The Wells Fargo Center is owned by Comcast Spectator, which owns the Flyers but not the 76ers

It’s no secret the Philadelphia 76ers are looking for a new home, but until this week, the effort to move out of the Wells Fargo Center had been quiet since summer 2020, when the team’s ownership group lost its bid to site a stadium on the Delaware River waterfront. Now the issue is back in conversation.

Several Philadelphians reported receiving a Monday evening push poll that asked for opinions on a potential new basketball arena, and even floated three potential locations.

So, here come the Sixers! But where, exactly? The three options listed in the survey, according to screenshots posted to Twitter, were :

  • a nonspecific site in Camden, N.J.
  • the Philadelphia Navy Yard in South Philly
  • the Fashion District/former Gallery Mall in Center City

It’s unclear if these sites are actually under consideration, however, because it’s unclear who sent the poll.

Asked by Billy Penn, the 76ers said only that the organization is “continuing to explore options for when our lease expires in 2031,” per communications director Molly Mita McEndy.

The franchise has said its relationship with Comcast Spectator — which owns Wells Fargo Center, as well as the Flyers — is on good terms. But that doesn’t change the fact that they’ve been eyeing a move for years now.

Comcast Spectator is in the midst of a $300 million Wells Fargo Center renovation. But Harris Blitzer Sports & Entertainment, which bought the team in 2011, is likely looking to reap the rewards of having their own stadium.

It would allow the franchise to cash in on non-sports events like big-ticket music concerts and other events. That’s how the Golden State Warriors’ new Chase Center has boosted the organization’s revenue since 2019. No longer sharing a floor with the Flyers in Wells Fargo would also give the team more liberty to craft their own schedule.

Monday’s push poll asked about more than just a new location. It also sought opinions about how open respondents were to seeing taxpayer dollars go towards the project.

What are the implications of these two questions, as the Sixers continue the search for a new home court? Here’s what we know.

How realistic are the locations mentioned in the survey?

Putting a sports stadium in Center City has been floated before. How’d it go? Just ask the Phillies.

At the turn of the millennium, the city’s baseball franchise unveiled plans to build a new ballpark at 12th and Vine streets. The effort was halted after vigorous protests about disruption from Chinatown residents, businesses, and other Philadelphians. Now-Councilmember/then-activist Helen Gym was quoted in the Daily Pennsylvanian saying “we won’t let” the stadium rise.

Over the past couple of decades, the trend of downtown stadium construction has taken off, bringing Milwaukee’s Finserv Forum, Pittsburgh’s PNC Park, and Little Caesars Arena in Detroit. Since every city is different, there’s no reason these examples would mitigate community concerns about the impact a Sixers arena might have on Chinatown.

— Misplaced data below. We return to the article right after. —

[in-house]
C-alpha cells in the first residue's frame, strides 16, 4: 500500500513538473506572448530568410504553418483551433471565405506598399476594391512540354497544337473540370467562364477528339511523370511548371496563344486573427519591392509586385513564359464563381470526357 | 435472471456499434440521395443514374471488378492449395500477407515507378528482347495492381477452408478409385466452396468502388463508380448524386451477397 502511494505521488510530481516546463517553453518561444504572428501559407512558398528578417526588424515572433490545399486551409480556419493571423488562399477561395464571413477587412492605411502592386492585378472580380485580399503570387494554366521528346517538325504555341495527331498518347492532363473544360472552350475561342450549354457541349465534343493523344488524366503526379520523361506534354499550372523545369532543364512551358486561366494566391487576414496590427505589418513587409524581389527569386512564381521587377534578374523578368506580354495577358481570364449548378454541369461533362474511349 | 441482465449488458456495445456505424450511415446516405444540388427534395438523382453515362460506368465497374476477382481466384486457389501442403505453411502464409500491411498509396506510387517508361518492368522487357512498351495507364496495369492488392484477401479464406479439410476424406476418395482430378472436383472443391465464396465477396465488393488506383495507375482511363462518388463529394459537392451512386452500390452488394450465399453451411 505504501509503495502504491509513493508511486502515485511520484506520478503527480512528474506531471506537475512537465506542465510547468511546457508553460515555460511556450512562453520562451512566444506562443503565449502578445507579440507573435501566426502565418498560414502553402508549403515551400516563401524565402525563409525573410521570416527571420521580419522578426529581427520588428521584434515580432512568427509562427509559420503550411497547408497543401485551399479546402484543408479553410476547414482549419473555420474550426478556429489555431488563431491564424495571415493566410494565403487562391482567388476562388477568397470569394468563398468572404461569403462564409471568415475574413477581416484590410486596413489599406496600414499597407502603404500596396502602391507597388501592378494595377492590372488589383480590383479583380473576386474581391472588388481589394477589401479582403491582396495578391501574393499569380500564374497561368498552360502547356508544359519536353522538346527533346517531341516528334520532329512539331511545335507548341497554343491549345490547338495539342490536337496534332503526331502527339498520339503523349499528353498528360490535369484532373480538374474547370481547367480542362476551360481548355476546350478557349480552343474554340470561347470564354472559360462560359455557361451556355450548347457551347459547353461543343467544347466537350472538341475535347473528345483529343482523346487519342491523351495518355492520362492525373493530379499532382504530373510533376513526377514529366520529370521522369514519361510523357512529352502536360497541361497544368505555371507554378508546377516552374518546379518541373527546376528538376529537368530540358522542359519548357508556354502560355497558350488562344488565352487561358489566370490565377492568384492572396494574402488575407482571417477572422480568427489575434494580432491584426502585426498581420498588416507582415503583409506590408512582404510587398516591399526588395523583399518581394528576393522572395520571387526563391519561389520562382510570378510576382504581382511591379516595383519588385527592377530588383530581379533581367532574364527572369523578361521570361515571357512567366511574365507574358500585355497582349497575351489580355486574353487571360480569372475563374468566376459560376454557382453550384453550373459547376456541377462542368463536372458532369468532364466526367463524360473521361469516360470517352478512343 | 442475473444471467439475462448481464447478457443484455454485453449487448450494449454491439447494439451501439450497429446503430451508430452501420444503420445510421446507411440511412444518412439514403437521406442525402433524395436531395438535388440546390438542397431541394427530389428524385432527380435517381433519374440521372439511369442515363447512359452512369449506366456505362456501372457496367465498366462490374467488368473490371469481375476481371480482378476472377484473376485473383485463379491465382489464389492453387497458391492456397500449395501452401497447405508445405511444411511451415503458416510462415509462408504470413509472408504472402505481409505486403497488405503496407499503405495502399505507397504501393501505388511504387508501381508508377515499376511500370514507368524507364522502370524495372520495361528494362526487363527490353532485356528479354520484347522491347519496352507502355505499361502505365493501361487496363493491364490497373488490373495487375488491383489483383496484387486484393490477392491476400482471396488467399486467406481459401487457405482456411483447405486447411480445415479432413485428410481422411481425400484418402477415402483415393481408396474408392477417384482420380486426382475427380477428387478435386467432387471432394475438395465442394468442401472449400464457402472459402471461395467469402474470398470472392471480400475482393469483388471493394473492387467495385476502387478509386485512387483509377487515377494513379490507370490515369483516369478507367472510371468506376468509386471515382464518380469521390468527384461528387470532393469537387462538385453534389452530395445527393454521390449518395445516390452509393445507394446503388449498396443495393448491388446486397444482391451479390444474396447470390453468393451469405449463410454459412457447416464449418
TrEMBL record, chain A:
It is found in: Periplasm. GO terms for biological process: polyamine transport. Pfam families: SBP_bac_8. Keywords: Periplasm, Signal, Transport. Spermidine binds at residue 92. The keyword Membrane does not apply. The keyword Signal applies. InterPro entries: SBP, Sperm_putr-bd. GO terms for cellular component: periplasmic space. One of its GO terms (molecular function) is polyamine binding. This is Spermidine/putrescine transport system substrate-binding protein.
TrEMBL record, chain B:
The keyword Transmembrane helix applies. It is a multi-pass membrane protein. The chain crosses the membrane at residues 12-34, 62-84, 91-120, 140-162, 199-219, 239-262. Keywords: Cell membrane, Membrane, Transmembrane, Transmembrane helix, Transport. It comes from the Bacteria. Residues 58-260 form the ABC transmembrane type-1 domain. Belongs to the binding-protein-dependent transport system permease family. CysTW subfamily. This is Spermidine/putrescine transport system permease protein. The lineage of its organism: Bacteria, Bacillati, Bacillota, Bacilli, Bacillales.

Would the Philadelphia Navy Yard work better? The fast developing site at the southern tip of the city is host to many forthcoming projects, as outlined in a recently revamped plan for the area that includes nearly 9 million square feet of new development and $6 billion of investment.

It’s also the location closest to the current sports complex — and a potential extension of the Broad Street Line to the Navy Yard has been considered by SEPTA, which would make games easily accessible by public transit.

Camden is an outlier, even though it’s where the Sixers opened a 125,000 square-foot practice facility in 2016. After the proposal to relocate to Penn’s Landing was shot down in 2020, leaders at the 76ers organization told the Inquirer they were “committed to the city of Philadelphia.”

But public funding could change the balance of that equation.

The Wells Fargo Center opened in 1996 Credit: Mark Henninger / Imagic Digital

Would a new arena require taxpayer funding?

Professional sports stadiums are infamous for being built with varying levels of public funds, and threatening to leave a locale to boost a package of tax breaks or public amenities has been used time and again, even if it’s just a bluff.

One of the sticking points in the 76ers’ Penn’s Landing proposal was the creation of a Neighborhood Improvement Zone, a public financing arrangement that allows developers in a specific area to use state and local taxes funds for their projects. Pennsylvania’s sole NIZ was established in Allentown by the state legislature in 2009, and has been the subject of many inquiries since then.

Academics and politicians have offered conflicting reports on the efficacy of the Allentown NIZ, with scholars saying it’s fallen short of its promise and officials claiming things are working as planned. When Penn’s Landing was floated as a site, elected officials weighed in. Councilmember Cherelle Parker wanted to at least review the plan because it “could possibly create good union jobs.” Councilmember Mark Squilla and U.S. Rep. Dwight Evans also spoke in favor of the plan, while Councilmember Gym came out in opposition: “HELL NO,” she wrote on Twitter.

If the Sixers still want to establish a NIZ, the plan would need to be approved by the state legislature. Otherwise, capital investment through municipal bonds or funneling funds from other taxes would simply require the approval from Council and the mayor.

Comcast Spectacor has noted that the Wells Fargo Center — even with all the pricey new renovations — does not utilize public funds.

Jordan Levy is a general assignment reporter at Billy Penn, always aiming to help Philadelphians share their stories. Formerly, he has worked at Document Journal, n+1 Magazine, and The New Republic. He...